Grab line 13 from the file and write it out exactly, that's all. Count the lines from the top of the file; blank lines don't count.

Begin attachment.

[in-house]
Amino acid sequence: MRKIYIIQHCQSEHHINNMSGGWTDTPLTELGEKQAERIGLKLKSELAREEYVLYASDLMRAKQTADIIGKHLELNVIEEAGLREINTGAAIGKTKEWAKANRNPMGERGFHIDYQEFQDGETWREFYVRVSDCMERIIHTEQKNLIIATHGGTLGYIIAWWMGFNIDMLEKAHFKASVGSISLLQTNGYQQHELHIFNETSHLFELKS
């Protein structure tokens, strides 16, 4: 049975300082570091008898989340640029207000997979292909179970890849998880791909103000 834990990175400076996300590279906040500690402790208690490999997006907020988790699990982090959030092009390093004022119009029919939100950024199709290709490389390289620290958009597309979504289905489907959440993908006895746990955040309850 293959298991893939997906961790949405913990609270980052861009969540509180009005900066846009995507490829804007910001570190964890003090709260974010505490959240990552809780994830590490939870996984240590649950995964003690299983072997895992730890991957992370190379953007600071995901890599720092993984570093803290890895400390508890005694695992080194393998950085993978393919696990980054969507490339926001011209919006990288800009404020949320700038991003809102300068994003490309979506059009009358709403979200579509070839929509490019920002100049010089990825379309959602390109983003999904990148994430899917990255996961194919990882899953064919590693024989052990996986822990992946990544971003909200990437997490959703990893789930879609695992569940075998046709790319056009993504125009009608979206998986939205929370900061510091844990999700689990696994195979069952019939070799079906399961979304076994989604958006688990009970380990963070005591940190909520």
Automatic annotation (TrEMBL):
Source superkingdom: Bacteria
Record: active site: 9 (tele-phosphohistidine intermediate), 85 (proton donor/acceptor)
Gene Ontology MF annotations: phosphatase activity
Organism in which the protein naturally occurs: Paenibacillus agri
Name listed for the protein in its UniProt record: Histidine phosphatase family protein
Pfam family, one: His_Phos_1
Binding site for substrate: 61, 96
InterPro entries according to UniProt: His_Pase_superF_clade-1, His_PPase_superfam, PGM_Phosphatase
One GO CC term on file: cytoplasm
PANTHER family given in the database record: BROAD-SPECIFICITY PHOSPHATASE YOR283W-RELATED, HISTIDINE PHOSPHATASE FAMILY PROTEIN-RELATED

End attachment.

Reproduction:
One GO CC term on file: cytoplasm